... For whatever reason, setting HAMBIAS to 1.0 seems to produce worse
It's remarkable. Graham's scheme is pasted together out of all sorts of things that shouldn't work <wink>, but this one seems the most mysterious.
It has a huge effect in my 5x5 c.l.py test grid. Combining all unique msgs identified as false negative or false positive across all 20 test runs,
At HAMBIAS = 1.0 total false negatives goes down by a factor of 2 (337 -> 166) total false positives goes up by a factor of 7.6 (23 -> 174)
and some of the false positives are just amazing -- David Ascher announcing a Python conference, Laura Creighton pontificating about the GPL, ... it's hard to fathom! One innocuous example:
""" Hello, I love all these speed debates but if speed were our only concern we would all be writing in assembly for all non internet based programs...!
Thank you, Vincent A. Primavera
prob = 0.99918657946 prob('only') = 0.645419 prob('would') = 0.349237 prob('hello,') = 0.342435 prob('assembly') = 0.34891 prob('thank') = 0.819611 prob('these') = 0.677099 prob('all') = 0.709966 prob('you,') = 0.803672 prob('concern') = 0.225352 prob('our') = 0.951928 prob('internet') = 0.942274 prob('speed') = 0.305927 prob('but') = 0.229635 prob('love') = 0.736116 prob('non') = 0.885065 prob('writing') = 0.150994 """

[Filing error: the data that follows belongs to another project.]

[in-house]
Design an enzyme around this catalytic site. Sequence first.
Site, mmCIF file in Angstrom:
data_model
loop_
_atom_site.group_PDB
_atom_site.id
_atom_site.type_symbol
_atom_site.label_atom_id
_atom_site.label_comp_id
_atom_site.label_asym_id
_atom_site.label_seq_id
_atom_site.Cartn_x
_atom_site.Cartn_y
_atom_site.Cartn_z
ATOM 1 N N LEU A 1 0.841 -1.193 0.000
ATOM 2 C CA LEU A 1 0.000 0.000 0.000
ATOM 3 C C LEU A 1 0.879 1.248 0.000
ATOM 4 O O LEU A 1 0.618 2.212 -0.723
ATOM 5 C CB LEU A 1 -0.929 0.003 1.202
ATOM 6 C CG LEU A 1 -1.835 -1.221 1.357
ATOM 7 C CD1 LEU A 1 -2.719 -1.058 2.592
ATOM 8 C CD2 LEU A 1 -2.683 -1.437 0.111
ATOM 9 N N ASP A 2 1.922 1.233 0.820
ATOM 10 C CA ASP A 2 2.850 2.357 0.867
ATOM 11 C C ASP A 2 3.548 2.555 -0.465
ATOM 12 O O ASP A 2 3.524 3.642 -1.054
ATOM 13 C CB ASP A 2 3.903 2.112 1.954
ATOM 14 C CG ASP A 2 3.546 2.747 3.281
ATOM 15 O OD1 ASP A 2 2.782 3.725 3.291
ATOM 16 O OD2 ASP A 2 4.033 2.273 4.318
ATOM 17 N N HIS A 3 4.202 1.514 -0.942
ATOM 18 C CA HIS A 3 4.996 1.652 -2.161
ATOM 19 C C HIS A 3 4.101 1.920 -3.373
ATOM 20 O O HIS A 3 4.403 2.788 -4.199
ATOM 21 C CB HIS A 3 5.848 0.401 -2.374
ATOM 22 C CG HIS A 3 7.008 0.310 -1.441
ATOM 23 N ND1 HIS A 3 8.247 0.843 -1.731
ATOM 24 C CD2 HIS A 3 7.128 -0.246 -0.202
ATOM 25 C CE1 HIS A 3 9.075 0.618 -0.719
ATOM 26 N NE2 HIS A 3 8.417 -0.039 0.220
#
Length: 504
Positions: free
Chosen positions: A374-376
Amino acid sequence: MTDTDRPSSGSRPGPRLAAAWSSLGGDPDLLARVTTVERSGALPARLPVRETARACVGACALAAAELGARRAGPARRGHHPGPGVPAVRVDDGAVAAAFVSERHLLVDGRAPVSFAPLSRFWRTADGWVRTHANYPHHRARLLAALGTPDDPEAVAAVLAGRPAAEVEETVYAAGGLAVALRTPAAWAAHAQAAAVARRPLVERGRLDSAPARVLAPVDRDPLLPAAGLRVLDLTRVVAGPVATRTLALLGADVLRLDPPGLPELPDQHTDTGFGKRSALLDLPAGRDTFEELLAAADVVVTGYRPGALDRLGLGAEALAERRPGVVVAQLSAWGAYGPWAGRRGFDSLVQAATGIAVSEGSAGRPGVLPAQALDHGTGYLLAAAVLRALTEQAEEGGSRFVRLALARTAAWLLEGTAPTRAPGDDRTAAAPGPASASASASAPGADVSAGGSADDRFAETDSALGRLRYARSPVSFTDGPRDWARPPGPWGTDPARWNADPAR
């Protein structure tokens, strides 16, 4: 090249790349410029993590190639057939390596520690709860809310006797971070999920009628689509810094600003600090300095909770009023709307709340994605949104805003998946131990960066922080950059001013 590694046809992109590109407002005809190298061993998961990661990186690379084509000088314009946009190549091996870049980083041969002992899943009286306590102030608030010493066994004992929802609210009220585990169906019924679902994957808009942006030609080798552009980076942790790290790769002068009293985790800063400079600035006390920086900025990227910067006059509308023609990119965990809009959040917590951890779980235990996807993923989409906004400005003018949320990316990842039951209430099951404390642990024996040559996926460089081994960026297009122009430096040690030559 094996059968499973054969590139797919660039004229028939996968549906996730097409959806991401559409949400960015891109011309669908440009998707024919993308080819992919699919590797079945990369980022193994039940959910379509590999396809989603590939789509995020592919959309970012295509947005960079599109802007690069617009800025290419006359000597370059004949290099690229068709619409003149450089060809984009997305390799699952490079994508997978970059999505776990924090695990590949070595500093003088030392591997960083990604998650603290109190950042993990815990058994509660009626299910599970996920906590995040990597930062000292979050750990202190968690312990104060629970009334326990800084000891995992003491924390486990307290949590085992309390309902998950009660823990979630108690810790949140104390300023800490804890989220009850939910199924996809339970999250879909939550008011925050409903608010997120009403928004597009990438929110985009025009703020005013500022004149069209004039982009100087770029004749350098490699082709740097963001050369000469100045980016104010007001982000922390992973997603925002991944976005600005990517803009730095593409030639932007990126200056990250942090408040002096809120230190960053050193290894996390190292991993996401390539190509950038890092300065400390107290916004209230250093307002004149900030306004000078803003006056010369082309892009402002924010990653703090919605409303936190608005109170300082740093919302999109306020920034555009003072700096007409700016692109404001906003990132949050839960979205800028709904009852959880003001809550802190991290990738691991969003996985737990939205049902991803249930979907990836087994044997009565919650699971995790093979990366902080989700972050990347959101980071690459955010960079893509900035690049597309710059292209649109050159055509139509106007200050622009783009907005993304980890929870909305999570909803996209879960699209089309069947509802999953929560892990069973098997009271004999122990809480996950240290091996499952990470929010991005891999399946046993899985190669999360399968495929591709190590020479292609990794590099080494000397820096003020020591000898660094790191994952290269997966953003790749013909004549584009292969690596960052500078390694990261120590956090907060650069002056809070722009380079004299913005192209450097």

There's not a lot going on in that msg! *Perhaps* the primary effect of boosting HAMBIAS is to take common glue words (like 'these' and 'all') out of this uniquely "only look at smoking guns" scoring scheme altogether? I don't know what "sense" there is in letting 'these' vote in favor of spam, for example.
At HAMBIAS = 3.0 total false negatives goes up by a factor of 2.08 (337 -> 702) total false positives goes down by a factor of 4.6 (23 -> 5)
Somebody else think about this <wink>. It's certainly the easiest knob to twiddle to make a false-positive versus false-negative rate tradeoff.